Detailed Range Data from C130 / Deluxe

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jdh2550_1
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Detailed Range Data from C130 / Deluxe

Try and get this data from any other manufacturer...

Now here's something I don't think I've seen any other manufacturer match in terms of data. The power is calculated from battery voltage (so includes sag) and battery amps. So this is what the "battery sees" not what the "motor sees". Speed and distance are both measured by counting wheel revs (actually by counting hall sensor firing and dividing by 28 to get wheel revs). As the note at the top of the data table says - this speed profile gives a 40 mile range. That's less than our 50 mile quoted range - but the speed is higher than the "average trip".

tripdata2.PNG
speeddistro.PNG

Anyone have anything similar for other two wheel EVs?

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Re: Detailed Range Data from C130 / Deluxe

Why don't they do the standard City and Highway driving profiles that United Nations has endorsed and what the stickers on cars use to show fuel economy and Star Ratings.

"UN ECE Regulation 101 as the test
for determining these values for the label."

UNECE Regulation No. 101 - Rev.2 - Amend.3

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Re: Detailed Range Data from C130 / Deluxe

Try and get this data from any other manufacturer... ...
...
...

Your data is lacking elevation detail.

This has it:
http://www.zeromotorcycles.com/range/zero-s-2010/range-highway.php

This information may be used entirely at your own risk.

There is always a way if there is no other way!

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Re: Detailed Range Data from C130 / Deluxe

Why don't they do the standard City and Highway driving profiles that United Nations has endorsed and what the stickers on cars use to show fuel economy and Star Ratings.

"UN ECE Regulation 101 as the test
for determining these values for the label."

UNECE Regulation No. 101 - Rev.2 - Amend.3

We aim to begin using the EPA Urban and Highway driving profiles. To do this accurately one needs access to a load based dyno (not a simple inertia dyno). You need a dyno because you can't recreate the test scenario on public roads - you might be able to do it on a big enough private track but a dyno will be more repeatable. You need a load based dyno to be able to simulate different loads on the engine rather than just the acceleration load (which is all an inertia dyno can really give you). We have an inertia dyno and will be upgrading it to a load based one in the next couple of months (we're building our own because a load based dyno is about $50K).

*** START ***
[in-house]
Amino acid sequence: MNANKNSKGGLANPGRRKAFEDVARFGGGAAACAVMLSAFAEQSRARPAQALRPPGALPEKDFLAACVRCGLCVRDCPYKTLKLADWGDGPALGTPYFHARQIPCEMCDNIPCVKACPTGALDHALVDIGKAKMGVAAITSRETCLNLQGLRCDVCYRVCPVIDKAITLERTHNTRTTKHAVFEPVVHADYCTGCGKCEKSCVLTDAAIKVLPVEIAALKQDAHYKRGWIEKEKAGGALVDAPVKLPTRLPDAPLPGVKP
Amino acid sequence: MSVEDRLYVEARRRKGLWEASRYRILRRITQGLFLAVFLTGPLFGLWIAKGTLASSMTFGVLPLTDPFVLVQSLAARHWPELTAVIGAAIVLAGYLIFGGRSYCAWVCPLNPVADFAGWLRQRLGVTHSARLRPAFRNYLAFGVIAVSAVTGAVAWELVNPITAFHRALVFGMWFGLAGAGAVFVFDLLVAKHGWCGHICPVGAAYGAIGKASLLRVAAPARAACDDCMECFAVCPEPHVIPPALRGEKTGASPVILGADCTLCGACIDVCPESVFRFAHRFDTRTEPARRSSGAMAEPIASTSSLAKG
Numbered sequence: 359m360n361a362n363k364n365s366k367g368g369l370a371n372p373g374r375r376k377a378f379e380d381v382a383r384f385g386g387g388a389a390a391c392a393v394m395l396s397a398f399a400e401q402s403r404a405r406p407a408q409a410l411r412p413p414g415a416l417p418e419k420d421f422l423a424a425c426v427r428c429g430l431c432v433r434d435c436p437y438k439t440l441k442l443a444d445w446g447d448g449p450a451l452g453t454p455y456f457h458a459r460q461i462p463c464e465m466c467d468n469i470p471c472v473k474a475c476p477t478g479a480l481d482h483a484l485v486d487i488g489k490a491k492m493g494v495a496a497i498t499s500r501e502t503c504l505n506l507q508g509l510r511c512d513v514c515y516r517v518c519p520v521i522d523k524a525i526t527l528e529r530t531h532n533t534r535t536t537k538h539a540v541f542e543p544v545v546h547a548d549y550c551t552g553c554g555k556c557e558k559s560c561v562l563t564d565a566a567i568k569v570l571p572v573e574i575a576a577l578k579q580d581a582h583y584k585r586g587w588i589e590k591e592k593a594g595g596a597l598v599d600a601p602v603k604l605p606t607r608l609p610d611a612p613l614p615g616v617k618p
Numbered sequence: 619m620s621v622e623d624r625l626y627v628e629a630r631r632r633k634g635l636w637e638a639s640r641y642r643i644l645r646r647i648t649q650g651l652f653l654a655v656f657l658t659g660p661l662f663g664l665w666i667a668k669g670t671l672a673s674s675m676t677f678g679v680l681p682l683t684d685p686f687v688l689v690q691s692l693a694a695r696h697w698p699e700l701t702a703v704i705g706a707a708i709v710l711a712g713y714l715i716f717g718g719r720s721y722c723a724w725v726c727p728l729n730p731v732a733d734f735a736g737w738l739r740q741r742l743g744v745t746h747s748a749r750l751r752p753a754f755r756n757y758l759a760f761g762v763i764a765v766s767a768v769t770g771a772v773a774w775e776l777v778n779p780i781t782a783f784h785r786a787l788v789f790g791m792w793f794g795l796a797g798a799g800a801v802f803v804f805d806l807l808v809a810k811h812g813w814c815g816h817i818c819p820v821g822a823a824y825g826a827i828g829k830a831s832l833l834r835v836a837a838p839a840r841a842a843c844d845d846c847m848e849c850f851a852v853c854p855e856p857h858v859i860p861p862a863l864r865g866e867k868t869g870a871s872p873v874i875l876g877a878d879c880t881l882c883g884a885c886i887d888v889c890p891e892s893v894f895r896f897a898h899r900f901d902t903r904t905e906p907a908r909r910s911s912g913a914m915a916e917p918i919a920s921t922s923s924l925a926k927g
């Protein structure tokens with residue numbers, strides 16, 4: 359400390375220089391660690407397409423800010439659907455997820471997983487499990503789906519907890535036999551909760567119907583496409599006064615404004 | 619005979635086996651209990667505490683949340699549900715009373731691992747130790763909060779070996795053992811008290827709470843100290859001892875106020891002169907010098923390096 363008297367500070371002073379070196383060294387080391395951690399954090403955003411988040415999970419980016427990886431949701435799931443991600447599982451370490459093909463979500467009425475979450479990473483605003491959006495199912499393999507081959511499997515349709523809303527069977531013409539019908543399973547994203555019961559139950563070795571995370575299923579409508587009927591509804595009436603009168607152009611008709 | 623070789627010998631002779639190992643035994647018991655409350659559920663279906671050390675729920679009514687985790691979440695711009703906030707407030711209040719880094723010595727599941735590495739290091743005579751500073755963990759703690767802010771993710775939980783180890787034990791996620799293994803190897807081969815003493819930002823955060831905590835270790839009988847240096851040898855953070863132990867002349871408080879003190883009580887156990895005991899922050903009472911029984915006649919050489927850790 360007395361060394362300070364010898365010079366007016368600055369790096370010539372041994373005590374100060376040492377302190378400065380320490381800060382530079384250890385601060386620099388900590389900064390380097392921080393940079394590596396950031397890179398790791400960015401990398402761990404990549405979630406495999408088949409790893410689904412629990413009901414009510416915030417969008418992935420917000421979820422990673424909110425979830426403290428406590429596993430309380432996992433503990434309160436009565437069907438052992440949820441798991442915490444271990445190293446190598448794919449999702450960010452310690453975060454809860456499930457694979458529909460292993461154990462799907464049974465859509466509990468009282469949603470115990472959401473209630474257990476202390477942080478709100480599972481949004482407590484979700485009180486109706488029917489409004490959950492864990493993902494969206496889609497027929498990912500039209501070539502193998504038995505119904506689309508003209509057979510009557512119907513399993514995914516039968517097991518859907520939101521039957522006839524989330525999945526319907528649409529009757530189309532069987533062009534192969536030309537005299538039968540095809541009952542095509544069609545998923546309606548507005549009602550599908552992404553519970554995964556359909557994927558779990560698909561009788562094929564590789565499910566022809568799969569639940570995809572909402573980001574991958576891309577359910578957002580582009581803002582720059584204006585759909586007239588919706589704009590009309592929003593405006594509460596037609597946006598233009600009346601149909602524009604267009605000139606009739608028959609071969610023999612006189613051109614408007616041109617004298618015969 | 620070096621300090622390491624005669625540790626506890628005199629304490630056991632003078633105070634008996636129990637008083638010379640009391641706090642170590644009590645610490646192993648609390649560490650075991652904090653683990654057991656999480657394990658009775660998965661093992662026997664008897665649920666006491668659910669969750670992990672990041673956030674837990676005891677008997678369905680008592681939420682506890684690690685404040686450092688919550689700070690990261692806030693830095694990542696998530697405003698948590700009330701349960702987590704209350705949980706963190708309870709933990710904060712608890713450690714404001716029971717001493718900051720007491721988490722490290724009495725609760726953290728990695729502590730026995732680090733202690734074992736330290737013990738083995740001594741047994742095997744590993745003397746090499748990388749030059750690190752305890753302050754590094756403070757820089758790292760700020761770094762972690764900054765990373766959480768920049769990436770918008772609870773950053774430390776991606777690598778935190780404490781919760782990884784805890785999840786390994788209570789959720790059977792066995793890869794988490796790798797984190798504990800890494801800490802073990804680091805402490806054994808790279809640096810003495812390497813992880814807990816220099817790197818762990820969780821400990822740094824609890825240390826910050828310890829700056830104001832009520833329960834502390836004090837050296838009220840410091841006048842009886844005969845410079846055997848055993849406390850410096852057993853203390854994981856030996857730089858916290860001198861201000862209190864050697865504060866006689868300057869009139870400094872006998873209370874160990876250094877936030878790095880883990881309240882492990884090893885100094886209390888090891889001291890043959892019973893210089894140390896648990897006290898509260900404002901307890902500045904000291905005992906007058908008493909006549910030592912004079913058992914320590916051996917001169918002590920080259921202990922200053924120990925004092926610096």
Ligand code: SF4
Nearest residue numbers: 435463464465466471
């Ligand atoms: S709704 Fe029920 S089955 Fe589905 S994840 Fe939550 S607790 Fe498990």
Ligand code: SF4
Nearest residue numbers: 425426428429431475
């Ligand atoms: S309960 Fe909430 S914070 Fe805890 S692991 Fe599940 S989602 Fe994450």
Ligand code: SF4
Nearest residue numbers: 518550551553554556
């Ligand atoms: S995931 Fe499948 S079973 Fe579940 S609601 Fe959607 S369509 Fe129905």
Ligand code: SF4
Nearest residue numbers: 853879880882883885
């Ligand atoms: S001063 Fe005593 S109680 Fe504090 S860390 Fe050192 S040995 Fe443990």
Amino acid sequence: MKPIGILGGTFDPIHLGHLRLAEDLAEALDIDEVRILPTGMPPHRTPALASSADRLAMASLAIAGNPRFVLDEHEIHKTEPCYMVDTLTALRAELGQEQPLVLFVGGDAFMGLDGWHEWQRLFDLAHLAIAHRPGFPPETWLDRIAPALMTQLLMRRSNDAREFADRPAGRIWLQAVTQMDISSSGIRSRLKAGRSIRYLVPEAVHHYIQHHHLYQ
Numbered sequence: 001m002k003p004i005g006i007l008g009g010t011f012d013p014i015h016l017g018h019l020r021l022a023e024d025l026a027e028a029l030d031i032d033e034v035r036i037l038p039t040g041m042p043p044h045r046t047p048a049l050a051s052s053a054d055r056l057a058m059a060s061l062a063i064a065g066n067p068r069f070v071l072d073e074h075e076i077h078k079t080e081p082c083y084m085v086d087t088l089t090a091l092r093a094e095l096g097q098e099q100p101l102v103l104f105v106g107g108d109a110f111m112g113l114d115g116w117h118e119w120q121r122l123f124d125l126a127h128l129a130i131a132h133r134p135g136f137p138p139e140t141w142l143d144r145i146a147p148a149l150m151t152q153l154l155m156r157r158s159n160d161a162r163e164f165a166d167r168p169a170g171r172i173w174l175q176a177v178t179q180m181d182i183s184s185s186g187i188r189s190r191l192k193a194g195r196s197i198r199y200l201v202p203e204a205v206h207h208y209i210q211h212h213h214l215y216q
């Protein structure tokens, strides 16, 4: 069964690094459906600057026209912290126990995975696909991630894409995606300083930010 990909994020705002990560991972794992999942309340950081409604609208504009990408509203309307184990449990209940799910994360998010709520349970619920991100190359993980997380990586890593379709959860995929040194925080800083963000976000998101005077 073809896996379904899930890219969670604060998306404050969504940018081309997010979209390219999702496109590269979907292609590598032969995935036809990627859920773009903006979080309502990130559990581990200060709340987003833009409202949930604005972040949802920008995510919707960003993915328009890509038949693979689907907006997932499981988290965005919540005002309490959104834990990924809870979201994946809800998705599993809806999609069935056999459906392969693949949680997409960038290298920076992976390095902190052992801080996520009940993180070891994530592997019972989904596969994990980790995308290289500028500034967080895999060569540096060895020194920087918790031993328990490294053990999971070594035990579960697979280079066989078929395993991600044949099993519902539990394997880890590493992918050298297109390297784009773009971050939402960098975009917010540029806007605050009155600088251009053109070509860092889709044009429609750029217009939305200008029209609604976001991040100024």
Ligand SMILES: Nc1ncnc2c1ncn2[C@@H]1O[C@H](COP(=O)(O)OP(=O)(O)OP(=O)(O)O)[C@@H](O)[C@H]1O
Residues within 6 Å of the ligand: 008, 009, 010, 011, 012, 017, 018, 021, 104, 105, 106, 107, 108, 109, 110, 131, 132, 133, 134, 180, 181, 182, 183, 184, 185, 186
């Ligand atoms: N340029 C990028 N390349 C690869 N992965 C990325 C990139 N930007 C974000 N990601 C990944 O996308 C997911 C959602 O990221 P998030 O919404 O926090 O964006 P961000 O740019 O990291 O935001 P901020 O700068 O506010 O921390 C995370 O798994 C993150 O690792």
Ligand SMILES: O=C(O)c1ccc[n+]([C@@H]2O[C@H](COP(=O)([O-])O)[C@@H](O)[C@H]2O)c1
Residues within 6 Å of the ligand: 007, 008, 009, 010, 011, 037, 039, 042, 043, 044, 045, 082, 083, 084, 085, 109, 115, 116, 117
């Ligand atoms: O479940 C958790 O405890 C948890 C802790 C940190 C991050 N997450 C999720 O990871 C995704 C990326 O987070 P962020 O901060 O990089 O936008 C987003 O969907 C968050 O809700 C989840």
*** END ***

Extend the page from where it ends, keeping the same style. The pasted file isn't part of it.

John H. Founder of Current Motor Company - opinions on this site belong to me; not to my employer
Remember: " 'lectric for local. diesel for distance" - JTH, Amp Bros || "No Gas.

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Re: Detailed Range Data from C130 / Deluxe
Try and get this data from any other manufacturer... ...
...
...

Your data is lacking elevation detail.

This has it:
http://www.zeromotorcycles.com/range/zero-s-2010/range-highway.php

I stand corrected! Much kudos to Zero for publishing their real world data and thanks Mik for highlighting this.

As for route and elevation data I will add that to future data runs.

John H. Founder of Current Motor Company - opinions on this site belong to me; not to my employer
Remember: " 'lectric for local. diesel for distance" - JTH, Amp Bros || "No Gas.

7circle
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Re: Detailed Range Data from C130 / Deluxe
Why don't they do the standard City and Highway driving profiles that United Nations has endorsed and what the stickers on cars use to show fuel economy and Star Ratings.

"UN ECE Regulation 101 as the test
for determining these values for the label."

UNECE Regulation No. 101 - Rev.2 - Amend.3

We aim to begin using the EPA Urban and Highway driving profiles. To do this accurately one needs access to a load based dyno (not a simple inertia dyno). You need a dyno because you can't recreate the test scenario on public roads - you might be able to do it on a big enough private track but a dyno will be more repeatable. You need a load based dyno to be able to simulate different loads on the engine rather than just the acceleration load (which is all an inertia dyno can really give you). We have an inertia dyno and will be upgrading it to a load based one in the next couple of months (we're building our own because a load based dyno is about $50K).

I imagine a Dyno able to run for long times at load would be expensive if it is a calibrated reliable instrument.
It's also expensive for a reason, and that is it took a lot of time to make the design right.